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I tried to read J. D. Salinger’s short story “A Perfect Day for Bananafish” with two mindsets at the same time. The first mindset encompassed the background of the Glass family that I’ve read in Salinger’s other works. The ending of “Bananafish” didn’t take me by surprise even if it was rather sudden and abrupt. Almost all of the other stories about Seymour Glass and his family at least briefly mention this story’s ending. The other mindset involved pretending that I didn’t know anything else about the Glass family. If that was the case, I probably would have found the ending a little disturbing. Even having previously read about the Glass family, there really isn’t any reason or rationale to the ending – just a little more preparation.
The story focuses on two women (actually one is a child) in the life of Seymour Glass. I can’t exactly express fondness for his wife, Muriel; however, Salinger paints a vivid picture of her in a small amount of space. She seems the typical late 1940’s New York sophisticate. She smokes a cigarette while crossing her legs and talking to her mother on the phone from her hotel room in Florida. Muriel and Seymour are potentially on their honeymoon.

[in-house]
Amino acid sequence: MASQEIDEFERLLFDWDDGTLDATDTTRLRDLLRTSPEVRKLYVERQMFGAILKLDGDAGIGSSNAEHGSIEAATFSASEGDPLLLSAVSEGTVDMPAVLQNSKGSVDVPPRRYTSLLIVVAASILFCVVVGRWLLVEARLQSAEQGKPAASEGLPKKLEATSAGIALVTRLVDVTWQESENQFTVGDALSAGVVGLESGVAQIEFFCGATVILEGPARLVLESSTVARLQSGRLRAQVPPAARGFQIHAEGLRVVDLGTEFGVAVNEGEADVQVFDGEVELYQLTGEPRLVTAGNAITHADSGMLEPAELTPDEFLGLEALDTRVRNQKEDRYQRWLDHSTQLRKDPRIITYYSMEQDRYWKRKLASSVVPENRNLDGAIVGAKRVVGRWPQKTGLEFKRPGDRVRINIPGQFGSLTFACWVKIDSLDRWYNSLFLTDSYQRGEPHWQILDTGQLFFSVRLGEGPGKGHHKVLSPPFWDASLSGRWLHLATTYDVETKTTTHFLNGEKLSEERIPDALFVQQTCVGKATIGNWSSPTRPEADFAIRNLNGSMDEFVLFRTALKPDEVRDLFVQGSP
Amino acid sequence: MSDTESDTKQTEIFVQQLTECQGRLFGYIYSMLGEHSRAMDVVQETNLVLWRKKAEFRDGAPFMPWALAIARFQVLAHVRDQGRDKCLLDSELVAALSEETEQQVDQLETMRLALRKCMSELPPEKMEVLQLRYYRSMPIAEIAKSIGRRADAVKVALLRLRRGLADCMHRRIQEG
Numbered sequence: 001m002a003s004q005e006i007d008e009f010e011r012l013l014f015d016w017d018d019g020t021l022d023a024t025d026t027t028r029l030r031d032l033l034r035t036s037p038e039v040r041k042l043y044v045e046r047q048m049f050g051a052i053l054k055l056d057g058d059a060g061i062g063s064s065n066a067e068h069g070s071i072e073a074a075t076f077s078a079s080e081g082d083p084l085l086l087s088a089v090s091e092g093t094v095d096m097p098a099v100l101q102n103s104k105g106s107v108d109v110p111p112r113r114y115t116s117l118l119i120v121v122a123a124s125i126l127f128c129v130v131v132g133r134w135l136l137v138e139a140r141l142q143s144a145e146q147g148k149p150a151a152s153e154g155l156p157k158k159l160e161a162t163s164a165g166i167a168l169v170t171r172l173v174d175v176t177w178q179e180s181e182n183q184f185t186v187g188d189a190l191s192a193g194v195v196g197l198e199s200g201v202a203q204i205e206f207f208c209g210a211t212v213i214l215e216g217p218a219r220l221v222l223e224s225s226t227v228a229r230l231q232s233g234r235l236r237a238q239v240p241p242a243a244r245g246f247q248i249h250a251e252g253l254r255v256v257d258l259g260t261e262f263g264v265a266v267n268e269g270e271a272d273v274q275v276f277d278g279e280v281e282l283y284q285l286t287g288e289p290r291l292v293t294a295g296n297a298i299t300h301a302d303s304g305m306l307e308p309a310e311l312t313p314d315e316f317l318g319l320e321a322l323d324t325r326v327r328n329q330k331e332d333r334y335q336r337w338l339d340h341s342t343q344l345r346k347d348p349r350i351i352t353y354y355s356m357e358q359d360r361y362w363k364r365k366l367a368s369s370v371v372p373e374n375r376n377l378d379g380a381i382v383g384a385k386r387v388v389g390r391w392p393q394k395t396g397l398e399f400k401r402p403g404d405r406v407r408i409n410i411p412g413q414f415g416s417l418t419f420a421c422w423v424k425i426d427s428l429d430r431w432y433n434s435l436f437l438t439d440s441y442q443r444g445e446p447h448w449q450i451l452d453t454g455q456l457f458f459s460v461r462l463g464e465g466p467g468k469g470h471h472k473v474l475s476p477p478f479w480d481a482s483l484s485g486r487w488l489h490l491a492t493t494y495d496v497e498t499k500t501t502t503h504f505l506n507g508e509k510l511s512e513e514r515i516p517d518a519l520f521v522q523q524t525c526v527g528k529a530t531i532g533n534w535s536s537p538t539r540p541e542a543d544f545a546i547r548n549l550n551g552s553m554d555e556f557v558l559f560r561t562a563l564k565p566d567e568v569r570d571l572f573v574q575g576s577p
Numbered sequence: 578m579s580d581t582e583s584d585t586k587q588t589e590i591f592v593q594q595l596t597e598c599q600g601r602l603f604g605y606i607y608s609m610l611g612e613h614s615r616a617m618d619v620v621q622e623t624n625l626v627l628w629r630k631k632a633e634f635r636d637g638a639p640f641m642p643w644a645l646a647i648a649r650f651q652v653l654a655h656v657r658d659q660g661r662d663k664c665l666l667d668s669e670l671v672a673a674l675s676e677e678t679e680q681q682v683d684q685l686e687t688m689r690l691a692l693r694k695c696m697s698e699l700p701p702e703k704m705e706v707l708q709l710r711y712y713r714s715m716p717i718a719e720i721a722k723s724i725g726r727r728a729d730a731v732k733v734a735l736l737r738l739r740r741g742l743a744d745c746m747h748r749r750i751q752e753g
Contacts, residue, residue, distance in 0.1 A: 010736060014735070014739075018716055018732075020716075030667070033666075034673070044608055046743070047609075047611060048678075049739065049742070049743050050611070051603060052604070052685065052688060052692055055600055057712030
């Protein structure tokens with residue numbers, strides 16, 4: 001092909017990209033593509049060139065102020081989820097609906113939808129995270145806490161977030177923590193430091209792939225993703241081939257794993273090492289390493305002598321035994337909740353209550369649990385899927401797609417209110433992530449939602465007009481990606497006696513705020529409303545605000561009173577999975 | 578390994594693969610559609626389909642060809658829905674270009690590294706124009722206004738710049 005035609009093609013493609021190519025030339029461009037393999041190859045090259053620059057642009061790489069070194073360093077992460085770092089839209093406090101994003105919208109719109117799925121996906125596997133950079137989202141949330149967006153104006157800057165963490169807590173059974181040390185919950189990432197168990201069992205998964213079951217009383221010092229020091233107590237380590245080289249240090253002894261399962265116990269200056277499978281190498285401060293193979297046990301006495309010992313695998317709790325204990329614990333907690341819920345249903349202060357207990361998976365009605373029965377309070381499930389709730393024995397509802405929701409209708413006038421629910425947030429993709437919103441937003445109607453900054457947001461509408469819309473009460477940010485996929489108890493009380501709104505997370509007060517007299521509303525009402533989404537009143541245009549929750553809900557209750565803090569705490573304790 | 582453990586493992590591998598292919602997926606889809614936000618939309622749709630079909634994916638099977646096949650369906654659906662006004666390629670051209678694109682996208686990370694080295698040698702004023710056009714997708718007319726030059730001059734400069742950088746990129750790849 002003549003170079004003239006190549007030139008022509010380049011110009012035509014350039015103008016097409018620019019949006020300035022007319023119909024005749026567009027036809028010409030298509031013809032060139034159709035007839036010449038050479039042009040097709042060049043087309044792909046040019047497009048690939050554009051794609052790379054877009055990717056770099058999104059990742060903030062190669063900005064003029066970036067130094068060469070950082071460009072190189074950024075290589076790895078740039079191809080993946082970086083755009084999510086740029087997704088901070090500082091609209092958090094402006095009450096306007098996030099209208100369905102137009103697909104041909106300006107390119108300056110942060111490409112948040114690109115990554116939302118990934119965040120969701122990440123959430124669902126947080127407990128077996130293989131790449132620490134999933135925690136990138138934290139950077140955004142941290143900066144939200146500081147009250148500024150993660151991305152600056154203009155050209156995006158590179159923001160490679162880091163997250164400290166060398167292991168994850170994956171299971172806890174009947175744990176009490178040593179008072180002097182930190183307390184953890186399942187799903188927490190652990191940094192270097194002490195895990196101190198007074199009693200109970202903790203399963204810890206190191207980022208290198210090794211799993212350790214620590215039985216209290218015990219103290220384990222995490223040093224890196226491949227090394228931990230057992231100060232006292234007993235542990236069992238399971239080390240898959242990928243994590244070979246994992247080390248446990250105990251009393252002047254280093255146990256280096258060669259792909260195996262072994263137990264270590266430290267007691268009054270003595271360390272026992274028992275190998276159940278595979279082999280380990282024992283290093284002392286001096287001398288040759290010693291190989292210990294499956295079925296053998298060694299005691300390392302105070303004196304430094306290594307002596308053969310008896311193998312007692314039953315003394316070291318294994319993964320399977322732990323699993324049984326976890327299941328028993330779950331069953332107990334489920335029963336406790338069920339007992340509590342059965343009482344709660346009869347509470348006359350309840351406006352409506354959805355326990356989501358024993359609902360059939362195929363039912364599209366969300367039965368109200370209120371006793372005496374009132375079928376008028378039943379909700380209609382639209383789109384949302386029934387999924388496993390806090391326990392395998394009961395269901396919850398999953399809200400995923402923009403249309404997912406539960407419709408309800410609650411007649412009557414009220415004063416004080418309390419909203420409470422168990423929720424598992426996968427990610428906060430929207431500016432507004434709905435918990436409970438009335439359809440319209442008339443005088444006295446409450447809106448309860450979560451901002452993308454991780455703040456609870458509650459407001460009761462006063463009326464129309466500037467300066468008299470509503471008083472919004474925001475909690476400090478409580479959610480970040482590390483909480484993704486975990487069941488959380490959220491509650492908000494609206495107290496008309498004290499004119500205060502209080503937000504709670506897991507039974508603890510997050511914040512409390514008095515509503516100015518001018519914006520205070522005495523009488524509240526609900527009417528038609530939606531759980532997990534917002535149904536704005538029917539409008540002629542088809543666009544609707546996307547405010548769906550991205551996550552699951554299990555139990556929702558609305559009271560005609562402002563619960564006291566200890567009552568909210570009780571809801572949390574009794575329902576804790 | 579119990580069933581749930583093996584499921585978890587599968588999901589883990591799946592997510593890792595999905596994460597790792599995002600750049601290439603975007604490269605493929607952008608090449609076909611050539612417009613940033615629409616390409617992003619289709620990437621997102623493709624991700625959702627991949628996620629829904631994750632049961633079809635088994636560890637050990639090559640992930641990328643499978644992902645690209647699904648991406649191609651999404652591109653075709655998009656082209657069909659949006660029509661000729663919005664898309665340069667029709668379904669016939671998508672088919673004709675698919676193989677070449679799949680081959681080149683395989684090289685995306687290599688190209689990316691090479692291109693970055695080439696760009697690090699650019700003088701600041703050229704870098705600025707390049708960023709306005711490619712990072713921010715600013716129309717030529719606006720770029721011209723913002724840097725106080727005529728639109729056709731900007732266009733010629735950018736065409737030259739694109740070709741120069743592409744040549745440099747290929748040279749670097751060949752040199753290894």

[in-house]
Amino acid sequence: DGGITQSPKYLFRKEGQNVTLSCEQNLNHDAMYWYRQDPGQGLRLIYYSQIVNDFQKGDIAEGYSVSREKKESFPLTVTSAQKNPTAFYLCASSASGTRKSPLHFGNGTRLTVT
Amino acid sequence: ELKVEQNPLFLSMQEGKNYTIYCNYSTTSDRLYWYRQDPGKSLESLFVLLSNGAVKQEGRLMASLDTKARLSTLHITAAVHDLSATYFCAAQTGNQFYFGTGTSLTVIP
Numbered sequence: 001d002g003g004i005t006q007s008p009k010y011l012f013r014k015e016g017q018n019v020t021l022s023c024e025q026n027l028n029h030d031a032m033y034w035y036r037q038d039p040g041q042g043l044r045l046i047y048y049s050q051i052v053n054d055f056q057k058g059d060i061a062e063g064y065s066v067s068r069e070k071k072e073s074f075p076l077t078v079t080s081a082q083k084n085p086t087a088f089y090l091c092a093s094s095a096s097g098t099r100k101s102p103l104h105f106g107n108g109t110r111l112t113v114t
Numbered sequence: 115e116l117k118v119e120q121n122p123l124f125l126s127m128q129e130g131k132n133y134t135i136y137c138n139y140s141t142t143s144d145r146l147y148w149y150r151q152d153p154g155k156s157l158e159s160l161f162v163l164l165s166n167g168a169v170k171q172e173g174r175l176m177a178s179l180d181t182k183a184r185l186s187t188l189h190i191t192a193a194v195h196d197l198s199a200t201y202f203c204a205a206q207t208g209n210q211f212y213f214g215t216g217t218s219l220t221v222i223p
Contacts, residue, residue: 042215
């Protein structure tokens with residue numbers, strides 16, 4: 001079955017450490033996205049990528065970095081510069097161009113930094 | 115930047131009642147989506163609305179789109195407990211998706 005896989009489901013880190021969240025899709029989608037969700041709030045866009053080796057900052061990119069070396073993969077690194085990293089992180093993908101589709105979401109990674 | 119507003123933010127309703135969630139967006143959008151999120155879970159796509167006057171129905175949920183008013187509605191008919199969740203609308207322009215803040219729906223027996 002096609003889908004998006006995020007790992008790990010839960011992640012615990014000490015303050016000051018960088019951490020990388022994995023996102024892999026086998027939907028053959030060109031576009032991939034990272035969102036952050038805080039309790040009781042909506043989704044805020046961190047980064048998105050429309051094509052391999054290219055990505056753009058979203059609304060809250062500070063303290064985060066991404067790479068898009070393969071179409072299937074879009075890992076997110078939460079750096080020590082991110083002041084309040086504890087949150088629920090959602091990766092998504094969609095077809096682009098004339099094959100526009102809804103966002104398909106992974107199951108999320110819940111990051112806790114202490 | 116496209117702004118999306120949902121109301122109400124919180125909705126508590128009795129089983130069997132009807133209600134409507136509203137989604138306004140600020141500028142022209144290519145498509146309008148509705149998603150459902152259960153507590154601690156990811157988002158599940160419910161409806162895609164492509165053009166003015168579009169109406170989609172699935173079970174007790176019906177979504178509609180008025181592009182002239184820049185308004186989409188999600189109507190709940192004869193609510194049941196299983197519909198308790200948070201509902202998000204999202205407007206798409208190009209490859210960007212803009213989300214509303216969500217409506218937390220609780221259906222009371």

Meanwhile, Seymour, hanging out on the beach, encounters a child named Sybil Carpenter. From the descriptions in the story, Sybil is probably around five. Sybil and Seymour’s exchange is rather innocent and it contrasts drastically with Muriel’s part in the story. After their friendly conversation, Seymour leaves Sybil and returns to his hotel room. Seymour’s chat with Sybil has a prevailing, maybe even a foreshadowing, sadness to it. Lost innocence or perhaps even innocence never found could be considered the theme. A theme that’s not uncommon in Salinger’s writing.